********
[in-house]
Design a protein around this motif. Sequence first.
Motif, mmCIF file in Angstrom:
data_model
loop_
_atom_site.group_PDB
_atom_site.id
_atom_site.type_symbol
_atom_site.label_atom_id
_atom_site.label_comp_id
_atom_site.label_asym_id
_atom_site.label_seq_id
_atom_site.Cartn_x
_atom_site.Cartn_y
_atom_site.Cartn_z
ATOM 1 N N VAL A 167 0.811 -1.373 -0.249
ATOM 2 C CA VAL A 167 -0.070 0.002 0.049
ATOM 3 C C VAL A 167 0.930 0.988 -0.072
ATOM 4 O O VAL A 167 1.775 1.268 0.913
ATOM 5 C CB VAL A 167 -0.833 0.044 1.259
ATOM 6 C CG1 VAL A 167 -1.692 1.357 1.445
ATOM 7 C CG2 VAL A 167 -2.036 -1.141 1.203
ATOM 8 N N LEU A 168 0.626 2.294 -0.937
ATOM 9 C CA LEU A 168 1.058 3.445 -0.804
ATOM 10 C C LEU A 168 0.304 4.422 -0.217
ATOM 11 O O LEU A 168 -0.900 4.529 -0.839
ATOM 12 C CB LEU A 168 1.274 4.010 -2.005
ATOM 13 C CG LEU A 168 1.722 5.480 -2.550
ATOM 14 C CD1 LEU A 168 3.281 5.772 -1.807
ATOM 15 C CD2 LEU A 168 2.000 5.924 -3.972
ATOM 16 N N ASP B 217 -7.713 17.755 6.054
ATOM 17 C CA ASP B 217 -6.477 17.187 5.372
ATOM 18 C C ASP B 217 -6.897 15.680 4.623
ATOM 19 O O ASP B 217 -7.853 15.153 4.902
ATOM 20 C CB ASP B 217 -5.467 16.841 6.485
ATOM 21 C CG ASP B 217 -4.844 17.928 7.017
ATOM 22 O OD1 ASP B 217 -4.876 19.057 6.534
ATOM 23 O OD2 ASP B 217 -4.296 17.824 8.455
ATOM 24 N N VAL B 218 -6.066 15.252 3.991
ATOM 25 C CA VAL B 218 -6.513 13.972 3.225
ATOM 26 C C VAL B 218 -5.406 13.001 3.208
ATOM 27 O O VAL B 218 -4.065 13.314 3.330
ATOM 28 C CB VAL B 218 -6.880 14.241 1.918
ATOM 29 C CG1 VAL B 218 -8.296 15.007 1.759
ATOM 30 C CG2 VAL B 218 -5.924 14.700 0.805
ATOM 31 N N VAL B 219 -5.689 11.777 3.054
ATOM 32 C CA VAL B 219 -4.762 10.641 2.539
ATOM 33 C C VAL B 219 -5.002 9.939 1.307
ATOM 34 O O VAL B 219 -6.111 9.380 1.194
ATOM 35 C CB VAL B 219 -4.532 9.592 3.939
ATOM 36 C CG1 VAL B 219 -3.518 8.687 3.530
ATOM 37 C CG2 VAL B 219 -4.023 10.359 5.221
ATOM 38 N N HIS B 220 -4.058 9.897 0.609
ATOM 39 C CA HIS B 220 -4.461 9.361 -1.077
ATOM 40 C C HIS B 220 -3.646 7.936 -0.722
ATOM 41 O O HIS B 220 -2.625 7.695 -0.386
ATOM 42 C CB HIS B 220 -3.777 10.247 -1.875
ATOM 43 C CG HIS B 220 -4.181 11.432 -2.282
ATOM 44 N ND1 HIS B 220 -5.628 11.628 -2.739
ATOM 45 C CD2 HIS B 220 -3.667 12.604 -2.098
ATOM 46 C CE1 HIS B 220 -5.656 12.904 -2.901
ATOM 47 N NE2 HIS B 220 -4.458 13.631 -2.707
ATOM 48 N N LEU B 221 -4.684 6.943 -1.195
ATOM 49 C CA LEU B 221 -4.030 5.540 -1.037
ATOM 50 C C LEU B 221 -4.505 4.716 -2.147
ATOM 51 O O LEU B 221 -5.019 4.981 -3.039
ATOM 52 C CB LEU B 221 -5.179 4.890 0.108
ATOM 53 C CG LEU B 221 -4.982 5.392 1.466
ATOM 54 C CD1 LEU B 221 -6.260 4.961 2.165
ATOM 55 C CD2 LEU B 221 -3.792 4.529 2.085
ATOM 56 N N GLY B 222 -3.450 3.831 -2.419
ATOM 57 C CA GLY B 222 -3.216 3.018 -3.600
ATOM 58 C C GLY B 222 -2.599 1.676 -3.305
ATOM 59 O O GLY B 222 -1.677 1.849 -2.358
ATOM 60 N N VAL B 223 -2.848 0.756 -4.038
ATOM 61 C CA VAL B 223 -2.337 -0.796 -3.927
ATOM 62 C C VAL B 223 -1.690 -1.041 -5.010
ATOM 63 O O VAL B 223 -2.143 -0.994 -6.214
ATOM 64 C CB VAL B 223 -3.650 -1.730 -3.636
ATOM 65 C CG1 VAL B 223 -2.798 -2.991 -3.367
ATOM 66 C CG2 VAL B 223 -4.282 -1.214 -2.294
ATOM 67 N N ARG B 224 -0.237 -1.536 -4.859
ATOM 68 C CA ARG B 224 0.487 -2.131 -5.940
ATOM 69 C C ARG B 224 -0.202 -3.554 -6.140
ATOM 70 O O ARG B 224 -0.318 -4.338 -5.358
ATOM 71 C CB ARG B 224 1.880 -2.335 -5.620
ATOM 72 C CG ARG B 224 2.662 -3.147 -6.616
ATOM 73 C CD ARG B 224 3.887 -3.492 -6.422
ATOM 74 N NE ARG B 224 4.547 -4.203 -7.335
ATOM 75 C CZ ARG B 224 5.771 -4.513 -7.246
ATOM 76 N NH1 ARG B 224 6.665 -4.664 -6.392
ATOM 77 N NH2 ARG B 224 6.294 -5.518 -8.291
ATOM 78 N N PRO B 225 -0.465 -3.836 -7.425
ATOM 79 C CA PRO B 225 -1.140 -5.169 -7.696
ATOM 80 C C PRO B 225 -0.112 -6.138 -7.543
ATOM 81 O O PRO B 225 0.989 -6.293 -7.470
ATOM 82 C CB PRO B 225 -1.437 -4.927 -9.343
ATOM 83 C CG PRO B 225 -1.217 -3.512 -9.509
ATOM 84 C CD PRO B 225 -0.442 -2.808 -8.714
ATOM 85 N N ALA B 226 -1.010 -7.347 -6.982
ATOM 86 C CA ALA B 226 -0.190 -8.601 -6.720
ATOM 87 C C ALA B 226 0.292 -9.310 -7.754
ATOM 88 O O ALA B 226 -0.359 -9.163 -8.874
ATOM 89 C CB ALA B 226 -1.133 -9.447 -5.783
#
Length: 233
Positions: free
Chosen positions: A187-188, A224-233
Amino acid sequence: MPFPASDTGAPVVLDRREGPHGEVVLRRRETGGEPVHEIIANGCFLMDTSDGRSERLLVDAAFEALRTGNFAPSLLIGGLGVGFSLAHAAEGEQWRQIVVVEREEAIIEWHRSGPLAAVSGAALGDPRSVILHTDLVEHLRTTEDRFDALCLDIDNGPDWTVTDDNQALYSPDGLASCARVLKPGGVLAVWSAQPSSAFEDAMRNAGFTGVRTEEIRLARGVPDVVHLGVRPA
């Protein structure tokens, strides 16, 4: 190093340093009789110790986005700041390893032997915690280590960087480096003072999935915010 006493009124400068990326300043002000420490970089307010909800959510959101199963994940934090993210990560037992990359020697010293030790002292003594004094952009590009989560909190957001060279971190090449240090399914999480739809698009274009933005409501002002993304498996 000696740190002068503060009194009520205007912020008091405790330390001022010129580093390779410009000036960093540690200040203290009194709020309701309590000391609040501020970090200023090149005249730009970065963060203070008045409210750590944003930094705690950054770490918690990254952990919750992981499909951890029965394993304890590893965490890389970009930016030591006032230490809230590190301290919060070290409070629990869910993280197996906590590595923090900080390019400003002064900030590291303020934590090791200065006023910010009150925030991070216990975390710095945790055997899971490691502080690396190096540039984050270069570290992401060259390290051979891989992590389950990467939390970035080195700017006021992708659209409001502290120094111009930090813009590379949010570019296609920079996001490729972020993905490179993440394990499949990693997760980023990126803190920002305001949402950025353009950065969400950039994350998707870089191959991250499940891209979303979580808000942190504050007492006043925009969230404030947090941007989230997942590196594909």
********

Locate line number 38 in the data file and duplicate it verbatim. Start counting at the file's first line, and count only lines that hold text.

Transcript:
ATOM 23 O OD2 ASP B 217 -4.296 17.824 8.455